Tom Gresham, a contract archaeologist in Georgia, said these sites could also have been made by farmers readying fields for planting.

"In Georgia, we have thousands of small rock piles that became controversial here," Gresham said. "Some archaeologists and a lot of the general public believe they were American Indian constructions. If not burials, they were a marker.

"In Georgia, we've excavated 100 of these and just about never found anything to suggest Indian construction."

There is one important caveat. Gresham believes rock piles on top of hills, like Oxford, tend to be of American Indian construction and related to burials.

"I clearly believe rock piles on top of hills are prehistoric," he said.

Rock walls, like the ones Holstein saw on the mountain, could also be the work of farmers, Gresham said.

"My wife and I vacation in the Alps," he said. "People have made the argument farmers would've never terrace rocks on slopes this rocky. They sure do over there. The earliest farmers that acquired land, they took what they could get and made the best of it, if not for cultivation, then at least for grazing for animals."

Holstein rejects this argument, saying the land at McClellan is too rocky and likely connected to other structures, like the snake effigy at McClellan.

Brandon Thompson was the University of Alabama cultural resources specialist in charge of studying Oxford's mound. Thompson would not discuss the report he helped write for the city.

The report said the mound was likely man-made and recommended keeping an expert on hand if funeral artifacts were found during the demolition. Thompson said the archaeology department is bound by a confidentiality agreement about the project.

He said generally archaeologists recommend leaving such structures alone and waiting for further testing.

"I think generally the consensus is (that stone piles on tops of hills are) cultural, but the possibility also exists it is not," Thompson said. "It might be a natural occurrence." This is also a view echoed by Oxford Mayor Leon Smith.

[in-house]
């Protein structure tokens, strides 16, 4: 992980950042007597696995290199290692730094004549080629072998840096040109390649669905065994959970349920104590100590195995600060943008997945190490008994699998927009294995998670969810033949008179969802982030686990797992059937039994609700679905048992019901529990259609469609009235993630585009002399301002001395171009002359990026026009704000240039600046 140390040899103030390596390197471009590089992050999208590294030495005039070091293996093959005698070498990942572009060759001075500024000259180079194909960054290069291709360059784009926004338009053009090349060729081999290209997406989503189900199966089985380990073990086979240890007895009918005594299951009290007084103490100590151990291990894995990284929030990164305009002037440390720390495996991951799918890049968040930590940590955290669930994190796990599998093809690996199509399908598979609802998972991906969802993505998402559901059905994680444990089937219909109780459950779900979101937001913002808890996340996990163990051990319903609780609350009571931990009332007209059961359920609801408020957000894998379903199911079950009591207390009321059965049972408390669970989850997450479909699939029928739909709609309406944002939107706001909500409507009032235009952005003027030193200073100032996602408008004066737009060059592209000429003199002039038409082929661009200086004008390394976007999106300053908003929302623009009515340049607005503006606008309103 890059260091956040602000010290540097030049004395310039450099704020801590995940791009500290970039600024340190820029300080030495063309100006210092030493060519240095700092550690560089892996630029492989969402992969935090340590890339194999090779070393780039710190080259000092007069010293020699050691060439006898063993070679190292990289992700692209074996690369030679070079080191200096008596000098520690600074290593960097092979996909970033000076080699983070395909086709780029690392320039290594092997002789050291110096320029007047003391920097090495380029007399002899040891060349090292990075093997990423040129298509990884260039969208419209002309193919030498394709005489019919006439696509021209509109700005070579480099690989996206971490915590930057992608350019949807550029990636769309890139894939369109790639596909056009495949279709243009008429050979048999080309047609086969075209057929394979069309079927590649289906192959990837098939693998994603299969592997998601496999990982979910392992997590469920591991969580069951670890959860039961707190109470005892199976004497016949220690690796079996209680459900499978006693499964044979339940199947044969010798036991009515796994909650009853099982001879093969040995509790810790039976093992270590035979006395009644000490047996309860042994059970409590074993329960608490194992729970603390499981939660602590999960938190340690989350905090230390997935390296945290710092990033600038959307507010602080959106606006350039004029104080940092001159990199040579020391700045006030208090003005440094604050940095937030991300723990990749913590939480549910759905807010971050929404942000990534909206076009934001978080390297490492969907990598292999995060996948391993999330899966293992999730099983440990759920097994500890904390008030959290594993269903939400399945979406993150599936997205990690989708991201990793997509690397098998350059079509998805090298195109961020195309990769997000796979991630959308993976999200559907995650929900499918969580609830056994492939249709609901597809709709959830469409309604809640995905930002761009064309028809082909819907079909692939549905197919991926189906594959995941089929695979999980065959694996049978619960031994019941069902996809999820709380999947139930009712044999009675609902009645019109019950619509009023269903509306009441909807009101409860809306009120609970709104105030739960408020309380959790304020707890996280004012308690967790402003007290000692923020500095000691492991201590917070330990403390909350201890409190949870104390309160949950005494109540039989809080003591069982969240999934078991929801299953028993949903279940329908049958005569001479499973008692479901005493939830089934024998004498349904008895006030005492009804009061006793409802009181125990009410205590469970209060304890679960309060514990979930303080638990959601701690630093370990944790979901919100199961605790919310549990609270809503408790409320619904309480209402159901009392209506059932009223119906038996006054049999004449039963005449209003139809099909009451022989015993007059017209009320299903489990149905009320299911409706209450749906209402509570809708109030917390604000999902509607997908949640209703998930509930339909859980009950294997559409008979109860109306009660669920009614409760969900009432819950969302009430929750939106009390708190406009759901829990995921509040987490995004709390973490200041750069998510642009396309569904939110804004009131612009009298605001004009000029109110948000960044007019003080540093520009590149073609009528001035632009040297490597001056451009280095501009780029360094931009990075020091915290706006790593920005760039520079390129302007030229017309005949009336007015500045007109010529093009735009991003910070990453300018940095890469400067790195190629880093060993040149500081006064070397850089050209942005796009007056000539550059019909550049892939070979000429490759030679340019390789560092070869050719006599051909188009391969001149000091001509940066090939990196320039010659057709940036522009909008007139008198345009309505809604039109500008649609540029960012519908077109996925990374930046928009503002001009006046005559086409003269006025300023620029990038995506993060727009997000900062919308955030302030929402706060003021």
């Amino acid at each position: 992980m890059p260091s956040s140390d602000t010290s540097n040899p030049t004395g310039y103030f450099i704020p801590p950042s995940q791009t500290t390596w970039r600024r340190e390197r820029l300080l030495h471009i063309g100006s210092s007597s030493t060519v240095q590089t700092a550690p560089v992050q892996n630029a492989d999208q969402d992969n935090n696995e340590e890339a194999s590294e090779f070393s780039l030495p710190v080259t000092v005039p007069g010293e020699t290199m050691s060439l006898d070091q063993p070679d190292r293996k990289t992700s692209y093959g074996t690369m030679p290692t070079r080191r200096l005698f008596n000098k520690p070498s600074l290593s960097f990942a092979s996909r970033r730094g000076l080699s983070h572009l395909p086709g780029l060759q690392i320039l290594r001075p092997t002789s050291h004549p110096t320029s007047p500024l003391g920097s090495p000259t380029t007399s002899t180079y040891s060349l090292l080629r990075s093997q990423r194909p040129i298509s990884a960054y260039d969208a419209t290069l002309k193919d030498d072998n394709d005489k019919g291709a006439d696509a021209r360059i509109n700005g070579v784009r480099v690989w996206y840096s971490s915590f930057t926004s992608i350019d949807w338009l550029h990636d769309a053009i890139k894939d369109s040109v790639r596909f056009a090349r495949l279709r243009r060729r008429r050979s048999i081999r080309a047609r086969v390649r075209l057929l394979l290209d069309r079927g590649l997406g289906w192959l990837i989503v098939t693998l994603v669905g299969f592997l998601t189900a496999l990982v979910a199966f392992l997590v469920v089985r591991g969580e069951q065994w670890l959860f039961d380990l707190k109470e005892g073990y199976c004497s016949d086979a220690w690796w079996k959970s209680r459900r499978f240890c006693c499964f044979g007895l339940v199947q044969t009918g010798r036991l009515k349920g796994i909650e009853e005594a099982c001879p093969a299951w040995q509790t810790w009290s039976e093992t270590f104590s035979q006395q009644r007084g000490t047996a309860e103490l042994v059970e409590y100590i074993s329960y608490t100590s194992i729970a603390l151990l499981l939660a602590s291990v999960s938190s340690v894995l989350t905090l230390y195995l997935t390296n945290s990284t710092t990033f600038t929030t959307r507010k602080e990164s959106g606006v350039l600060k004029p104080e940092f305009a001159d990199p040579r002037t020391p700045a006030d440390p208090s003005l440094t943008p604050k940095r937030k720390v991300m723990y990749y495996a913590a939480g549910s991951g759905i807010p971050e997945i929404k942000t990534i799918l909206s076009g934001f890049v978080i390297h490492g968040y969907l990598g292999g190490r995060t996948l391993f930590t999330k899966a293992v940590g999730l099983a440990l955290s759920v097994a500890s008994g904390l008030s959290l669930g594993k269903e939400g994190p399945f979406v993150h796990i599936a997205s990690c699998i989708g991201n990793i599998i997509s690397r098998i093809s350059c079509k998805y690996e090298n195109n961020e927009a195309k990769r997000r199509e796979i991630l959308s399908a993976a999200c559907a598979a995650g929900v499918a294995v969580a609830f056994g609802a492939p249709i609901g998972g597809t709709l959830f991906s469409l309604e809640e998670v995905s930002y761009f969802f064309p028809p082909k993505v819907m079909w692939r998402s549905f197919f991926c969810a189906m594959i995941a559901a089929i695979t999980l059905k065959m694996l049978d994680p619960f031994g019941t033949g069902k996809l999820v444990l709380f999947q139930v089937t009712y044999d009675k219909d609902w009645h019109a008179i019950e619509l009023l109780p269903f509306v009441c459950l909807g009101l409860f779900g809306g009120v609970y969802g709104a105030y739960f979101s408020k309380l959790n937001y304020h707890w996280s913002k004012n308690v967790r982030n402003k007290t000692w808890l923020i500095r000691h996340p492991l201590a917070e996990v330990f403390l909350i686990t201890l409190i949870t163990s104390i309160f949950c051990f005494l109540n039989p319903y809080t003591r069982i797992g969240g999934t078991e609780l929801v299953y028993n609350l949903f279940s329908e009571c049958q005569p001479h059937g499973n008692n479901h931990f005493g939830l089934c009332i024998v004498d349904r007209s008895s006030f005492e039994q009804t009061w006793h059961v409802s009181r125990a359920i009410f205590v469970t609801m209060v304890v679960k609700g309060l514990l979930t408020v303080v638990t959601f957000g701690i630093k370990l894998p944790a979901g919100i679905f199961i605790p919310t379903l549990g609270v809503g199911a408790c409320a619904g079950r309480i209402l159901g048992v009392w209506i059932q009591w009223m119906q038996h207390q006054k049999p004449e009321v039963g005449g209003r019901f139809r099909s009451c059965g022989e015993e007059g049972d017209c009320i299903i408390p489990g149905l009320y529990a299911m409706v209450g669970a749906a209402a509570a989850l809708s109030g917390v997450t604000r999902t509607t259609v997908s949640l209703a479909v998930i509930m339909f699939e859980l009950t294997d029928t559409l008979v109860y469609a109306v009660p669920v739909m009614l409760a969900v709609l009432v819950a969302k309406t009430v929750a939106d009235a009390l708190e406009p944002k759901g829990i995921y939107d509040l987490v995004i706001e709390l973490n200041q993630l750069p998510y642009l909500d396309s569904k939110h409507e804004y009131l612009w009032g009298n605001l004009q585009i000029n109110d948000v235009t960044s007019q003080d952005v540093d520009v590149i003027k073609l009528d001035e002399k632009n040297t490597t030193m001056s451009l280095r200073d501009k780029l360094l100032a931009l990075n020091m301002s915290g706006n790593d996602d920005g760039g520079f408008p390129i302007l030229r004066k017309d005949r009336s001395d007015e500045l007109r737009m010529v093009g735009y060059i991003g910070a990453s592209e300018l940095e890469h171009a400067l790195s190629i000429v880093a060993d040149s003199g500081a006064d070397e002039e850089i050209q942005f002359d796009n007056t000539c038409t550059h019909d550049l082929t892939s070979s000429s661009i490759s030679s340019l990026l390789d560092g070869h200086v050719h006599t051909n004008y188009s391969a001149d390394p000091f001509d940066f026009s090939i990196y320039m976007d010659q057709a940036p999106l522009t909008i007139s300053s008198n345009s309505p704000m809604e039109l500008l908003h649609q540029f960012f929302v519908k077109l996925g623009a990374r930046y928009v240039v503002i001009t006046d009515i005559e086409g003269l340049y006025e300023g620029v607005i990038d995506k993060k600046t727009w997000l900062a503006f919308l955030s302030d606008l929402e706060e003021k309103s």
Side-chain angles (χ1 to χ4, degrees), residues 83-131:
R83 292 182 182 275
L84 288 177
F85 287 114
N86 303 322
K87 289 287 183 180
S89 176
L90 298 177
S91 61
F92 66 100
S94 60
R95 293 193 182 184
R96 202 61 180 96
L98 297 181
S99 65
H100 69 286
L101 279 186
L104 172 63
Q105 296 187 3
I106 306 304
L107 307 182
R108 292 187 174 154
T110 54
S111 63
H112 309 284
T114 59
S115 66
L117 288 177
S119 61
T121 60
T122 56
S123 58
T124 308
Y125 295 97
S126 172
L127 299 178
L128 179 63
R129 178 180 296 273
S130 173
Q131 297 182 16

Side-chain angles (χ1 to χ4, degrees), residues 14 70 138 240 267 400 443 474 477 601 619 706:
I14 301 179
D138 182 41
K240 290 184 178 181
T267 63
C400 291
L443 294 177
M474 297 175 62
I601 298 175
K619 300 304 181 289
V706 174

When asked how such a pile might result from natural phenomena, Thompson said he was not a geologist and did not understand those processes.

Kelly Gregg, a geology professor at JSU who visited the site, has said there is no way nature made the structure on top of the hill.

Seeking understanding

Thrower said he is not claiming that every rock site is historic. Some could be agricultural, he said.

But Oxford's mound has features that make it distinctively native, he said.

"There's a whole complex of those structures in that area," he said. "What we believe is they worked together. We've found examples where there are astronomical alignments. They served a myriad of purposes."

He said the focus on whether the Oxford site contains burial mounds disturbs him. It could contain no burial artifacts and still be sacred, he said.

"If I went on your family's property and there was a stump there and you said, 'This was sacred to my family,' I'll respect what you say," he said. "To me, this is about respect and protection."

Erika Martin Seibert, an archaeologist with the National Register of Historic Places, said the key to understanding the site at Turners Falls was recognizing its significance to the area around it.

"One of the things we learned, it's not just the mound itself," Seibert said. "It's how it's connected to other features in a landscape. It was much larger than the mound itself … Even having tractors and other things up there may really affect the site itself and what it means to these groups."

Stacye Hathorn, archaeologist with the Alabama Historical Commission, said the tribes of USET wouldn't say every pile of rocks is sacred. But the Oxford site's importance was obvious, she said.

She said stone mounds definitely require more study.

"We don't understand their function yet," Hathorn said, "but maybe if we knew how many there were out there, we'd understand a little bit more about them and what they meant to the people."